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Digital Assets: What are They, and What Kind of Planning Do You Need?

Posted by Jerry Clinch | Mar 18, 2022 | 0 Comments

Digital assets include a broad range of electronic files, images, accounts, and information; think Facebook accounts, Apple accounts, Email accounts, and other online accounts. Other digital assets can include cryptocurrencies or NFTs (Non-Fungible Tokens) which could potentially have significant monetary value. Despite most individuals having a significant online presence and possessing a variety of different Digital Assets, many people do not include planning for Digital Assets in their Estate Plan, which can result in some headaches for Personal Representatives attempting to recover or gain access to a Decedent's Digital Assets.

Different Categories of Digital Assets

Byproducts of Leisure Activities:

Personal websites, social media accounts, a personal YouTube Channel, email accounts, etc. Most of these types of assets result from one's leisure activities. These kinds of Digital Assets may not have much monetary value, but may contain a great deal of sentimental files and information that a Decedent may wish to preserve and transfer to their loved ones. In the alternative, a Decedent may wish for access to Digital Assets to be restricted to protect the items from disclosure or future usage.

Issues can arise following the death of an individual with Digital Assets. For example, if passwords and/or other security keys are not left behind by a Decedent, just gaining access to the Digital Assets can be very difficult. Have you ever forgotten a password to an online account and tried to access it? Consider how difficult this would be for your Personal Representative to access the Digital Assets that you leave behind without logins, passwords, and answers to security questions.

There may also be issues of transferability based on licensing terms associated with a Digital Asset once the original accountholder dies.

Some major online platforms provide a means to exercise control over one's Digital Assets, such as email and social media accounts. Google, for example, allows a person to assign others to deal with their Google accounts that become “inactive” for a specified period of time, or your account can be deleted.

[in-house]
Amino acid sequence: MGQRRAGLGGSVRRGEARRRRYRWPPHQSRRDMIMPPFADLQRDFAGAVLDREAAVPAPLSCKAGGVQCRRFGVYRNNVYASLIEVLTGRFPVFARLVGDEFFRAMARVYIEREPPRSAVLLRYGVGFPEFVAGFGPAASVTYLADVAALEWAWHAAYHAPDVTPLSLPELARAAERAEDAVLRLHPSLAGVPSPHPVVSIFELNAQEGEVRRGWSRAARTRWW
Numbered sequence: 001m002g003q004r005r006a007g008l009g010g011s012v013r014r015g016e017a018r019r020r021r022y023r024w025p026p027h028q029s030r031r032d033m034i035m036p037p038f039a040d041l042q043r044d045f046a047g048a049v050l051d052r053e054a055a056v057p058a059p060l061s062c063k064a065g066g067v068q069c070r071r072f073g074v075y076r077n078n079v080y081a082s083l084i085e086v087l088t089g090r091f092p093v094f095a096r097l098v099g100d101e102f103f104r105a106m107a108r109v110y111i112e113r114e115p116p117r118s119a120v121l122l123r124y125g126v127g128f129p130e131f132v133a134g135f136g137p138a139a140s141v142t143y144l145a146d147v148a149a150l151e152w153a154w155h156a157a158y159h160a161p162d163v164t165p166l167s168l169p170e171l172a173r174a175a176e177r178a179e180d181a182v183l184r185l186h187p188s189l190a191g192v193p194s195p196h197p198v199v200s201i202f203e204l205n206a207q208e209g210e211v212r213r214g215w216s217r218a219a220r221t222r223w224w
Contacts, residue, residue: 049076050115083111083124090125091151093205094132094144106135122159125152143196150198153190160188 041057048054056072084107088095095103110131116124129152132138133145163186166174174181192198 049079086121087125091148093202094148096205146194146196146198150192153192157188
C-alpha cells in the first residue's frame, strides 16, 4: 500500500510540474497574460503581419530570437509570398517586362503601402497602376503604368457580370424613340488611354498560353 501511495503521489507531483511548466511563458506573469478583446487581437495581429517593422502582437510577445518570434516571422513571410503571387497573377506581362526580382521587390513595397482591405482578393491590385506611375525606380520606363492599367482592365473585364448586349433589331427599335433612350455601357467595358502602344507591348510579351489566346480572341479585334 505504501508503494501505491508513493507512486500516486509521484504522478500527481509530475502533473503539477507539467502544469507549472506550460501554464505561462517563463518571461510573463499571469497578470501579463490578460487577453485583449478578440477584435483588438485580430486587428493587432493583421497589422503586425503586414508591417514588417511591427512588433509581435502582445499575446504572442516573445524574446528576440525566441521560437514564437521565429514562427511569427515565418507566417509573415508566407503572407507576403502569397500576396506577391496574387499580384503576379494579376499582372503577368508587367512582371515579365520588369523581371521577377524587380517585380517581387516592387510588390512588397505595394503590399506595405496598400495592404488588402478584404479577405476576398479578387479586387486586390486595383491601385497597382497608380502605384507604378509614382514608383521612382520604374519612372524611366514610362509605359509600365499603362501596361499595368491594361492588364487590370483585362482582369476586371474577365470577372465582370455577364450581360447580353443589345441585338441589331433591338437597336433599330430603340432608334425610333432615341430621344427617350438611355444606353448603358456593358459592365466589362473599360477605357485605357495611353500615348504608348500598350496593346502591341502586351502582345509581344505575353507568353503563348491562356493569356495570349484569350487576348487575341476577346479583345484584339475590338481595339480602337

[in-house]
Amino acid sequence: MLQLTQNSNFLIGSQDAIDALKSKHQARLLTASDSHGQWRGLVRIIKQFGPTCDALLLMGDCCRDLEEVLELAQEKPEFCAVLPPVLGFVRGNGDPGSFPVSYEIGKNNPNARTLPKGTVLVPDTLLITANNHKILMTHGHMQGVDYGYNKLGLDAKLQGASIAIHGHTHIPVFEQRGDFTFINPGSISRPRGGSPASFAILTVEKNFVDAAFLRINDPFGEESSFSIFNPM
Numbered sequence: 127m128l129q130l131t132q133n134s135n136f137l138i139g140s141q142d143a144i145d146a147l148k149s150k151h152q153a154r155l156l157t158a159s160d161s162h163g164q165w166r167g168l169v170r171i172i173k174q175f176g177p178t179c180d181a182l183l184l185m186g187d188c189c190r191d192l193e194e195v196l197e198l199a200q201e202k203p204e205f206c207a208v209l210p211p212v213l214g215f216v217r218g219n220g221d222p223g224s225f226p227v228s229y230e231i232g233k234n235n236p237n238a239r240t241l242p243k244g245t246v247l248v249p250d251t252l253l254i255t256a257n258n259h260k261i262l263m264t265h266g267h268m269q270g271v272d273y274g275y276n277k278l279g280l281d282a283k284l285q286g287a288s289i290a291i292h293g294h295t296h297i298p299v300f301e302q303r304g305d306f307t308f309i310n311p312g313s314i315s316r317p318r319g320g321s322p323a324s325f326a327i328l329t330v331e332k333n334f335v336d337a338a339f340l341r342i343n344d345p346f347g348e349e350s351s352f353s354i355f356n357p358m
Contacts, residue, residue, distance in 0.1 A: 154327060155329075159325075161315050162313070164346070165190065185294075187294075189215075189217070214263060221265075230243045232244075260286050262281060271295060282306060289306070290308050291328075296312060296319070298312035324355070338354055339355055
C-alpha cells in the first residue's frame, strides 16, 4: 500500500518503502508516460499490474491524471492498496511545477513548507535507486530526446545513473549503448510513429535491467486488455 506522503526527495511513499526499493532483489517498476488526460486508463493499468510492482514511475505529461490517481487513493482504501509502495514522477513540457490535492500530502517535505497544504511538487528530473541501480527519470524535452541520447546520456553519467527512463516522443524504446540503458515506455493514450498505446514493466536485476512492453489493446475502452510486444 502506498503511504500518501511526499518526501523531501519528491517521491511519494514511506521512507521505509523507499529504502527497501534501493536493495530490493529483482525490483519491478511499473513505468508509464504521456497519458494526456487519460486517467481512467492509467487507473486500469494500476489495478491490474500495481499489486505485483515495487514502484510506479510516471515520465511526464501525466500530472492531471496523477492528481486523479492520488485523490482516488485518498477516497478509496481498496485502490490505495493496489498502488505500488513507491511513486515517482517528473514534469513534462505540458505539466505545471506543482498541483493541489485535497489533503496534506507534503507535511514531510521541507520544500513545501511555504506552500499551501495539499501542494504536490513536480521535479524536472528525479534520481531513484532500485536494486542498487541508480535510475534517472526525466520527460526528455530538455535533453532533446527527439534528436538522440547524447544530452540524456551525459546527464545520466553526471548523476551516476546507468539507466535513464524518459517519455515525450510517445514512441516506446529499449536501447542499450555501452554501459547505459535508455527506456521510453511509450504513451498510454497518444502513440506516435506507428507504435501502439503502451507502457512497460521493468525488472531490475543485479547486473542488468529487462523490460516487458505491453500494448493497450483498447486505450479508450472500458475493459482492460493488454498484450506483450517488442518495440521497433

Digital Assets with Potential Commercial Value:

A business website, blog, or revenue-generating YouTube channel can each be valuable Digital Assets. Such Digital Assets that can result in revenue generating after a person dies warrant careful attention when planning an estate.

Digital Assets associated with blockchain technology:

These are Digital Assets that are intentionally created as a means of storing value. These Digital Assets can include cryptocurrencies (Bitcoin; Ethereum; etc.), Non-Fungible Tokens (NFTs), and/or digital equity interests.

Common Issues with Digital Assets

If you have an Estate Plan that is several years old, it is very possible that your estate planning documentation, such as a Last Will & Testament, Living Trust, or Power of Attorney, does not take Digital Assets into consideration. If instructions are not included to direct what you want done with a Digital Asset after you pass away, or a means to access your Digital Assets, this can lead to a lot of difficulties for your Personal Representative.

If a Decedent does not properly plan for their Digital Assets and provide information about such assets, consider how your Personal Representative will be able to identify and inventory your Digital Assets. For example, if an individual has significant money invested in Bitcoin, or some other cryptocurrency, and they do not provide adequate instructions as to where the Bitcoin is stored (e.g., an online cryptocurrency exchange, or a separate physical cryptocurrency “wallet”) and how to access the Bitcoin, their entire investment that they may want to pass on to their loved ones can be totally inaccessible!  

Valuation of Digital Assets can present further difficulties, as cryptocurrencies and their value are very volatile as far as market-based valuations are concerned. There are also tax consequences to take into consideration, as many valuable Digital Assets, such as NFTs and cryptocurrencies, are likely going to be considered as capital assets, subject to capital gains.

Take steps to give yourself, and your family, Peace of Mind today by ensuring that your Estate Plan is up-to-date and will address your Digital Assets. Contact Clinch Law Firm, LLC to schedule a free consultation at our York, Nebraska office, or feel free to schedule a complimentary 30-minute telephone consultation or a 60-minute in-person consultation for a time that works for you here: Appointment Scheduler. Virtual appointments are also available, upon request.

About the Author

Jerry Clinch

Jerry has extensive trial experience and knowledge regarding estate planning, probate, asset protection, business law and business formations.  You can reach Jerry at [email protected] 

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